• Applicants whose first language is not English must provide evidence of English language proficiency (TOEFL or IELTS is recommended)
  • A minimum TOEFL score of 620 (paper-based), 105 (internet-based), 260 (computer-based) or an IELTS score of 7.5 is required
  • Students who, after admission, show an inadequate command of spoken or written English must improve their proficiency to the satisfaction of the Faculty of Health Sciences
  • Students may be asked to withdraw from the program if their command of English interferes with their ability to provide quality professional services
  • Students who are required to present evidence of proficiency in English must make their own arrangements to write the TOEFL and to have the official results sent directly to the School of Graduate and Postdoctoral Studies
  • The English language proficiency requirements outlined above do not apply to students from Quebec

Applying to the Program

Apply Now

Have questions about applying?


To apply to the Interprofessional Pain Management program, students should:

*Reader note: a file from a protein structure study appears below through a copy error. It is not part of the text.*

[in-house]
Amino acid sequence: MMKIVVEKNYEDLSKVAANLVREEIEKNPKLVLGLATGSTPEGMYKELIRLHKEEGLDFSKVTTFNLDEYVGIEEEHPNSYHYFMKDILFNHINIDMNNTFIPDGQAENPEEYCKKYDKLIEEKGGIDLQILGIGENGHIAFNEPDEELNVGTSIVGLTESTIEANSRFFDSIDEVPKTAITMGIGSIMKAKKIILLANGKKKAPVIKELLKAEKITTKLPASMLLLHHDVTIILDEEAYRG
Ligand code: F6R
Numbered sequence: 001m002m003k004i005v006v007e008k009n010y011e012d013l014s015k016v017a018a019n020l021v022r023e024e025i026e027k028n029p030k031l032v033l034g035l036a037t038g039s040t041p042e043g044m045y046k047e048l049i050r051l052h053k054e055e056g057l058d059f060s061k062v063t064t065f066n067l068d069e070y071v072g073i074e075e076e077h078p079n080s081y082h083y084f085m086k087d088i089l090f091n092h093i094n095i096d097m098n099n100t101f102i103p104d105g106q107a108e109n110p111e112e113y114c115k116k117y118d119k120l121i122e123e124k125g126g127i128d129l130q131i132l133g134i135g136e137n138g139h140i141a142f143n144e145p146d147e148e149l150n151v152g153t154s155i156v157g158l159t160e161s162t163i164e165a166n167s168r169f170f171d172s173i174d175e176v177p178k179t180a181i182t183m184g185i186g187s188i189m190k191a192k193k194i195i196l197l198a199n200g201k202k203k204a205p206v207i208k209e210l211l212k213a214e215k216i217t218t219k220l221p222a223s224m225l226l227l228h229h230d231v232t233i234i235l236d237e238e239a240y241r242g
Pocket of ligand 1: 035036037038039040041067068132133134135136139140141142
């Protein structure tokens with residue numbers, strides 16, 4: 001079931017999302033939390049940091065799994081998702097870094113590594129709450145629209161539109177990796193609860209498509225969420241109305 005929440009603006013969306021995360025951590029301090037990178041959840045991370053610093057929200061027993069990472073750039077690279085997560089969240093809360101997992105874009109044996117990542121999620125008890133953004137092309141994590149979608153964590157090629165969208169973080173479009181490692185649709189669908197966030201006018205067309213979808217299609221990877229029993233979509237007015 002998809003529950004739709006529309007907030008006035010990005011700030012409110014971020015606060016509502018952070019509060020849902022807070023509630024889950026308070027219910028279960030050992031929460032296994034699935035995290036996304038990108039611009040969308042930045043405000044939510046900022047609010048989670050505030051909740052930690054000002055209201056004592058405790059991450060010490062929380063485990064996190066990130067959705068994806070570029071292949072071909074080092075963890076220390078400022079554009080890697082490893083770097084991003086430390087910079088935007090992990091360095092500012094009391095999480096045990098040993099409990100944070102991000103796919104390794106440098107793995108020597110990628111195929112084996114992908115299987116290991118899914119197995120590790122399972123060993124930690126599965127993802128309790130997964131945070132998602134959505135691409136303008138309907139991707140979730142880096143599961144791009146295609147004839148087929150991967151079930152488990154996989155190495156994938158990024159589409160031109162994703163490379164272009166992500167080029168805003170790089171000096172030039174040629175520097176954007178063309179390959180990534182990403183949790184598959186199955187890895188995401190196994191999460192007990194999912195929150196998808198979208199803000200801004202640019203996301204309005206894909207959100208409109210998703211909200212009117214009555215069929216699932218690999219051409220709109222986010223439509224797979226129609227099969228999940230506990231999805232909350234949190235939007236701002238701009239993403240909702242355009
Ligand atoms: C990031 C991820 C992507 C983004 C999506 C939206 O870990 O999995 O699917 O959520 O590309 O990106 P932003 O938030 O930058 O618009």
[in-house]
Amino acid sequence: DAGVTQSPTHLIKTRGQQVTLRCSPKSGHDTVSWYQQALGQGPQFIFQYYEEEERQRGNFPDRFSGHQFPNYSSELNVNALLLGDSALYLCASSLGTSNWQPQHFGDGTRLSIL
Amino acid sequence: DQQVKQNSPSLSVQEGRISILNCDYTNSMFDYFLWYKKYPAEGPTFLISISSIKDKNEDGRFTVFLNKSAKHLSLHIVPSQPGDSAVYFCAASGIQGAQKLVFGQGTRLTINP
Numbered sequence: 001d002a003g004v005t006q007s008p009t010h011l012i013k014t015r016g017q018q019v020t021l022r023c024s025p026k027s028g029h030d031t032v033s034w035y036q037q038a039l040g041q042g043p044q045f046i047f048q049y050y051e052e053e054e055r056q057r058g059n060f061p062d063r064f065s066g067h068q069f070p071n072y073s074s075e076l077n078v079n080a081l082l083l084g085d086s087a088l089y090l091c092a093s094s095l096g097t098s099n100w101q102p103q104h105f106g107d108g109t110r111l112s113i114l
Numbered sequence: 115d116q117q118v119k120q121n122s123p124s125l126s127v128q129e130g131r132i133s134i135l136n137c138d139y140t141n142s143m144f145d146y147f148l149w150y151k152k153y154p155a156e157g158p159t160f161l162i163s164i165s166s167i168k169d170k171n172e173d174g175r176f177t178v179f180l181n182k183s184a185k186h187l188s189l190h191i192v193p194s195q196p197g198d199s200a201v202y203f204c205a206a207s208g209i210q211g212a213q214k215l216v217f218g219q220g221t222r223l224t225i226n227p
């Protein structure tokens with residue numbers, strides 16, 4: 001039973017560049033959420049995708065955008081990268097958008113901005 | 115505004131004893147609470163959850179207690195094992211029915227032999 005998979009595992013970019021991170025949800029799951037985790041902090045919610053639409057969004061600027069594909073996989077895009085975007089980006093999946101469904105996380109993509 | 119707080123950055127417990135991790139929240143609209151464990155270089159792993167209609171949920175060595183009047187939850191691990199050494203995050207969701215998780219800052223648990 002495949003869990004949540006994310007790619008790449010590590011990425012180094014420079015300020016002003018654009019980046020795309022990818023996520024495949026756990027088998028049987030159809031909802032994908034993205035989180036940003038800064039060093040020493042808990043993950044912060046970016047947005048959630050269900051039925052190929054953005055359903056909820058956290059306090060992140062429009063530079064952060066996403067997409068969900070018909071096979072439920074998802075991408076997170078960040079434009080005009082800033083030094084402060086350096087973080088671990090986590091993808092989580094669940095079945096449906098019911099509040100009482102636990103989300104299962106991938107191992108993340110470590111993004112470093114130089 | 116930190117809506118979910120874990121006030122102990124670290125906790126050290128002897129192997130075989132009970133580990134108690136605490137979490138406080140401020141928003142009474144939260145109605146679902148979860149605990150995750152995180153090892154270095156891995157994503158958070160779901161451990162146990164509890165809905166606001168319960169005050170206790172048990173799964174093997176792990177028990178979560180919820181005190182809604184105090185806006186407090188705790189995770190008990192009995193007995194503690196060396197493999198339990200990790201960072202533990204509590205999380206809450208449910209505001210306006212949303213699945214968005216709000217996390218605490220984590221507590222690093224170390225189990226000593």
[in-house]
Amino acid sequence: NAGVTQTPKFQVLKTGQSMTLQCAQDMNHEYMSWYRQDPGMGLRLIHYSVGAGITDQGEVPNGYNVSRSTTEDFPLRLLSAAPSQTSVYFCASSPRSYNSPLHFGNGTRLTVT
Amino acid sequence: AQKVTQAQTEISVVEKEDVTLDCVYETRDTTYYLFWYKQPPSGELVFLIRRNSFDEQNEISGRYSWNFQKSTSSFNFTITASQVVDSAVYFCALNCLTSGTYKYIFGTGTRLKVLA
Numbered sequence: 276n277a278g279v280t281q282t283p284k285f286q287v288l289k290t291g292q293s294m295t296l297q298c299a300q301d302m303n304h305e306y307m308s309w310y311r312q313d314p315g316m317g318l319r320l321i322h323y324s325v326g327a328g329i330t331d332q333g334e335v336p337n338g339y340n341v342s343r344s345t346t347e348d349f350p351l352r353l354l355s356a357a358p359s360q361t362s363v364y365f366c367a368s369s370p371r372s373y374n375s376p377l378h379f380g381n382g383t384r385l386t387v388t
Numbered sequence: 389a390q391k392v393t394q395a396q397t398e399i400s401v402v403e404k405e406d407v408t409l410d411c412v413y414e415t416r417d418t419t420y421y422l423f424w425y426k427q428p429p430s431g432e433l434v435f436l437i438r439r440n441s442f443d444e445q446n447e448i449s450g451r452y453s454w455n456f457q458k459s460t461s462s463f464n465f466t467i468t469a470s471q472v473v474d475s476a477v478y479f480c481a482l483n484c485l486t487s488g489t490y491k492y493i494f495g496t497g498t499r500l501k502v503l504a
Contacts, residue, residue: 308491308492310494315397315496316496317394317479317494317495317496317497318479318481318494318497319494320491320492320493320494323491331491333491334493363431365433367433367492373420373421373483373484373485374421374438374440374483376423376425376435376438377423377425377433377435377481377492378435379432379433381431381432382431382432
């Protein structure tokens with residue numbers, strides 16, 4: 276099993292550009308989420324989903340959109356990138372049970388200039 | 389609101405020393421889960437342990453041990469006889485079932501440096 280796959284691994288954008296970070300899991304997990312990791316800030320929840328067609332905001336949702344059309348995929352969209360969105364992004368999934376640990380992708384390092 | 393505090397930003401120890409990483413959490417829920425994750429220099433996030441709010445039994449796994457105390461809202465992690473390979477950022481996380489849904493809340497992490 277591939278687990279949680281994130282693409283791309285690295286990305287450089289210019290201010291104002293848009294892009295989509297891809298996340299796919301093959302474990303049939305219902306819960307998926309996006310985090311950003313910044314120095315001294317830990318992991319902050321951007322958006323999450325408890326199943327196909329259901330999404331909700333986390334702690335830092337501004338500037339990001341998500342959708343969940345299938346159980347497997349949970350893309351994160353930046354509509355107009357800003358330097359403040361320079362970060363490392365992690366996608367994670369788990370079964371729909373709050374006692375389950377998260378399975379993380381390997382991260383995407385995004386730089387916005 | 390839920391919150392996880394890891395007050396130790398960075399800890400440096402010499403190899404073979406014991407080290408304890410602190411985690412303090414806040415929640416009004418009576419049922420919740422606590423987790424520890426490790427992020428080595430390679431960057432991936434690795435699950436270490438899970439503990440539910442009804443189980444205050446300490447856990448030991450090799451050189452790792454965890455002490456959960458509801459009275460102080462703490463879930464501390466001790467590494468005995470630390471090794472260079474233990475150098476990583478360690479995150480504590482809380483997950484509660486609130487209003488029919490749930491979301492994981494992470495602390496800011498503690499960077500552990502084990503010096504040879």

• Visit the  online application website
  • Follow the instructions on that page to access the application
  • Select "Advanced Health Care Practice" from the program options in the application and select the appropriate field

Application Deadline

  • Applications will open November 1 and close June 1
  • Applications may be accepted after that date if space is available
  • Offers of admission are sent out beginning in late April and continue until the program is filled

Tuition and Fees

The annual domestic tuition fee for this program is approximately $14,000 CAD including ancillary fees (plus $2,100 mentor fee i.e. $700 CAD/term***) which is payable over three terms (September, January and May).

The annual international tuition fee for this program is approximately $37,000 CAD including ancillary fees (plus $2,100 mentor fee i.e. $700 CAD/term***) which is payable over three terms (September, January and May).